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Opinion
Noah Smith

Economics Builds a Tower of Babel

A word can mean whatever you want it to mean.
Back when the whole world had one language.

Back when the whole world had one language.

Photographer: Archivio J. Lange/DeAgostini/Getty images

In Lewis Carroll’s "Through the Looking Glass," Humpty Dumpty proudly declares: "When I use a word, it means just what I choose it to mean-- neither more nor less."  To which Alice replies: "The question is whether you can make words mean so many different things."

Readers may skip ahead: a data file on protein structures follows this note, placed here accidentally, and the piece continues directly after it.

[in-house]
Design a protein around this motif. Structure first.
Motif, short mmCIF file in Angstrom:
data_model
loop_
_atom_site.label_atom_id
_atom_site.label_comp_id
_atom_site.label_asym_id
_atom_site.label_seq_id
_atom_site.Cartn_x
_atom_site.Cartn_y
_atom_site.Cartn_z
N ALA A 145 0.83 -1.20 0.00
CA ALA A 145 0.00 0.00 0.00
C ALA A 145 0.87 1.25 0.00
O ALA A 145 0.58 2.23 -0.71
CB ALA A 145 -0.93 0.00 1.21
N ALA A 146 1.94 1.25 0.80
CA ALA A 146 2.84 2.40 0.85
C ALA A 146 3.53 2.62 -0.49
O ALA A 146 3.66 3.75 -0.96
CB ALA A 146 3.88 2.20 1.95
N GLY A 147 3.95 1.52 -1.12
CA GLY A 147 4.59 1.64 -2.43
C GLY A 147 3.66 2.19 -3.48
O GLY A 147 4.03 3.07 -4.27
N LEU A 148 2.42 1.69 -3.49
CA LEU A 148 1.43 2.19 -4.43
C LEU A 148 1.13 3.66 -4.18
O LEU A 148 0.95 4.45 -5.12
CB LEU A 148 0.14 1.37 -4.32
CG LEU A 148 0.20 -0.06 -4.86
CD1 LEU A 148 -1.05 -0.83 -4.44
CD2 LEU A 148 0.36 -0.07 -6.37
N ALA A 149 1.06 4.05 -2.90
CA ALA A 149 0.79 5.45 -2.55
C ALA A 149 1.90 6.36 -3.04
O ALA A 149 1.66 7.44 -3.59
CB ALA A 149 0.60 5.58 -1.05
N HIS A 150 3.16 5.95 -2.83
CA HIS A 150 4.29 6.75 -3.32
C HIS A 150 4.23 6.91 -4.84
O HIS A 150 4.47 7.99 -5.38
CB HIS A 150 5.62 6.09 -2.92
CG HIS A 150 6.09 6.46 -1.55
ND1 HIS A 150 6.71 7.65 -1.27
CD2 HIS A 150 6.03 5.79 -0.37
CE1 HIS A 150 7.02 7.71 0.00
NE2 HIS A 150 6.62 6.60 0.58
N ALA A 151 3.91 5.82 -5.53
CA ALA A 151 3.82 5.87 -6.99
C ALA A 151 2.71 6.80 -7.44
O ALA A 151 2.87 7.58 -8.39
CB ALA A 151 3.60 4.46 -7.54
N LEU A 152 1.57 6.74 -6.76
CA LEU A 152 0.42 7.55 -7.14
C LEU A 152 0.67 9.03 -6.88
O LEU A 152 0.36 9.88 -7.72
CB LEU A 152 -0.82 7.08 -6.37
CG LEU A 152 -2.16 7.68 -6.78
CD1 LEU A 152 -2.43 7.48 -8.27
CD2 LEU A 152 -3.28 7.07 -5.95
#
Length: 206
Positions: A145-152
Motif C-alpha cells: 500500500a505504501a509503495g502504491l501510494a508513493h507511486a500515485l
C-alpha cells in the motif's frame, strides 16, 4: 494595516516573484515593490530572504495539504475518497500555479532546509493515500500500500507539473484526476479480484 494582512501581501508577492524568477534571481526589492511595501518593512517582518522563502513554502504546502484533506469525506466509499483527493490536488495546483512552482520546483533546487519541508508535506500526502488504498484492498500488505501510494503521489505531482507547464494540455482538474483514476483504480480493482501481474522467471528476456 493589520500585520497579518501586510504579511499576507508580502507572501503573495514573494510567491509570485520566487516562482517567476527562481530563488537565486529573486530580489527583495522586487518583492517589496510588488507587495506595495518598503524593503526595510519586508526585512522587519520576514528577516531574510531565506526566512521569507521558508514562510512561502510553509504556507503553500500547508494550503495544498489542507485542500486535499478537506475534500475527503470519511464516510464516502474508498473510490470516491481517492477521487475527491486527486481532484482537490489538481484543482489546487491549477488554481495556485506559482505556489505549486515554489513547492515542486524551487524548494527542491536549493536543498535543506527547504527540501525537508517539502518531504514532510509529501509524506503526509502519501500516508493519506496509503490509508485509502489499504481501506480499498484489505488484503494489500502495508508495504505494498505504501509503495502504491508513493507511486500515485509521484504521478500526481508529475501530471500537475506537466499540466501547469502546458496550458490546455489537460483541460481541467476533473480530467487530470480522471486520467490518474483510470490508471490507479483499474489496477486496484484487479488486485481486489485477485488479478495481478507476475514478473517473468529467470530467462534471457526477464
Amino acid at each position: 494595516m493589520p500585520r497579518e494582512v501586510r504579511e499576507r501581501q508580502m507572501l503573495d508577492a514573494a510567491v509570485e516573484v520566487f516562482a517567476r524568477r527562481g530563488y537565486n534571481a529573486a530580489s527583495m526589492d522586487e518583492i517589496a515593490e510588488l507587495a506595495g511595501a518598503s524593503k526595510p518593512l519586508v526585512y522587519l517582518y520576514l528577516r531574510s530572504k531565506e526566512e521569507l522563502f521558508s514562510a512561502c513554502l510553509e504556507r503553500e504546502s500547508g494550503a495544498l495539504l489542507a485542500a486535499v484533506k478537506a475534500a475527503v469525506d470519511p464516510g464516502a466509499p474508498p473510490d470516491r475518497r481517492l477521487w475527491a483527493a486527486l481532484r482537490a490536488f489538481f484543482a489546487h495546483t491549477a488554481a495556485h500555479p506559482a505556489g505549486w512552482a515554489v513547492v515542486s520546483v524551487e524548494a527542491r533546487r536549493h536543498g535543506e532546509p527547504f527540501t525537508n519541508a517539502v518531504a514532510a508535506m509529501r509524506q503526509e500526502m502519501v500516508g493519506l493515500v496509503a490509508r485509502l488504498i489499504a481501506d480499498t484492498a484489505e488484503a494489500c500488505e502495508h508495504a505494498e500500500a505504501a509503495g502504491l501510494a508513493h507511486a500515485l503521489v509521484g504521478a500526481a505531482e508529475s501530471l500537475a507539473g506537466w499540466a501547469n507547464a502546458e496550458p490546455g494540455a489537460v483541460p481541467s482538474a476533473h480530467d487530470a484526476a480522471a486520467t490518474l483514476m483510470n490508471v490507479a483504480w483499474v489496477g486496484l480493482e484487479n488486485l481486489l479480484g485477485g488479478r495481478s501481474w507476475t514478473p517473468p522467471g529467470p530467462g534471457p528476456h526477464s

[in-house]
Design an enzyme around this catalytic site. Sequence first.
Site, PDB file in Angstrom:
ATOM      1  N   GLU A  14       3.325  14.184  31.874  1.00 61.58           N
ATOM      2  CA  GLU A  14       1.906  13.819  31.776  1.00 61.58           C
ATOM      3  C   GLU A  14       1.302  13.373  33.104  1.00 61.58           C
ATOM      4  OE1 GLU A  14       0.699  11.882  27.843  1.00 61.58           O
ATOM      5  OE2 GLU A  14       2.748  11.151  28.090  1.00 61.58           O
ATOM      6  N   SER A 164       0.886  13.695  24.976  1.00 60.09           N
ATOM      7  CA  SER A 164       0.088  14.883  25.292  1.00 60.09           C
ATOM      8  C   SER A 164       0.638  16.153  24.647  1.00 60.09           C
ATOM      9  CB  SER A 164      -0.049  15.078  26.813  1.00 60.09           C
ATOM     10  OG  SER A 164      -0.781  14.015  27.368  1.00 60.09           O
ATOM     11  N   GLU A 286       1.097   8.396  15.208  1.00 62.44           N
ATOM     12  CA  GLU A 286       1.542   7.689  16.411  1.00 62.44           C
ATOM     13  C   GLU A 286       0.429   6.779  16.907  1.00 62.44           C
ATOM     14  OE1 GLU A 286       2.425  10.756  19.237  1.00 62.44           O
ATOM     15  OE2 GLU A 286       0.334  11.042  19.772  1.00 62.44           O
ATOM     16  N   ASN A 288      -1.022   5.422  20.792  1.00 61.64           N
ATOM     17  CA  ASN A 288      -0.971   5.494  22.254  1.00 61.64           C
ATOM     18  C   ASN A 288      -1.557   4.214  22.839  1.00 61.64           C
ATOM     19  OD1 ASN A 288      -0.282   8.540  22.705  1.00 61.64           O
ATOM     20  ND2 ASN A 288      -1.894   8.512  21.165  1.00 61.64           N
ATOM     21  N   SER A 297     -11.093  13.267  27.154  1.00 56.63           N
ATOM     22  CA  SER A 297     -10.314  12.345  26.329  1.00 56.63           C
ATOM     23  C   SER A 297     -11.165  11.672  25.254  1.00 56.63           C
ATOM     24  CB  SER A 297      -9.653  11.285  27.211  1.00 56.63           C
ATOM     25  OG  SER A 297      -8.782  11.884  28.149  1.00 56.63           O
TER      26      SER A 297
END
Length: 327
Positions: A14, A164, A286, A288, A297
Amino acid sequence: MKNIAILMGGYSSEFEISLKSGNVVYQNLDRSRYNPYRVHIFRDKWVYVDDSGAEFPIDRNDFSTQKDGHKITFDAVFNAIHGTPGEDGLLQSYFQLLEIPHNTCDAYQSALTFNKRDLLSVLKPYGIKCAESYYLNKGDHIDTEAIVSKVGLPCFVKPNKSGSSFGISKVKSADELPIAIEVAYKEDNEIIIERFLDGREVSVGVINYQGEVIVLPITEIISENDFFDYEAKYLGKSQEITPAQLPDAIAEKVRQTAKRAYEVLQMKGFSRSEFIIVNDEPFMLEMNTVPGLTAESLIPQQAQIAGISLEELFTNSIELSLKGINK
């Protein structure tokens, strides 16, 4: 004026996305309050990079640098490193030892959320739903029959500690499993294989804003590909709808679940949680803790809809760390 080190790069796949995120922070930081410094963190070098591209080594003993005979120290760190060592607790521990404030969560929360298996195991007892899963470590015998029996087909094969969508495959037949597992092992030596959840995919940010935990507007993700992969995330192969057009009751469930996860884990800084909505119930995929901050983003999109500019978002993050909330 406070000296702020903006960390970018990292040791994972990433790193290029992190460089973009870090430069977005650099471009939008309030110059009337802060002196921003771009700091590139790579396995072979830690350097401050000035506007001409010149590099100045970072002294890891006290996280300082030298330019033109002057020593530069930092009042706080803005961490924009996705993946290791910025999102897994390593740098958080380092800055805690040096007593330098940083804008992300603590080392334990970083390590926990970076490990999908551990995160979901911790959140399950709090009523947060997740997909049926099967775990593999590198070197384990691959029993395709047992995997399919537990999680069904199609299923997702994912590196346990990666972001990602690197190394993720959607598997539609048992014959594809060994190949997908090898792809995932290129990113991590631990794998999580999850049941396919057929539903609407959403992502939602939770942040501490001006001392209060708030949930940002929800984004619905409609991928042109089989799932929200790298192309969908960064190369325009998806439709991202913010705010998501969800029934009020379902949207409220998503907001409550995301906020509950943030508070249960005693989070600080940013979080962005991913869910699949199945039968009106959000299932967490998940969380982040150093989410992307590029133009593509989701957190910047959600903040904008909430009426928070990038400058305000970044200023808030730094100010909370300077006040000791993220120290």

Humpty Dumpty could have been an economist. The modern economics profession made a collective decision, long ago, to develop a system of jargon in which words have multiple, sometimes contradictory meanings. Unfortunately, the general public’s reaction tends to be similar to that of poor Alice.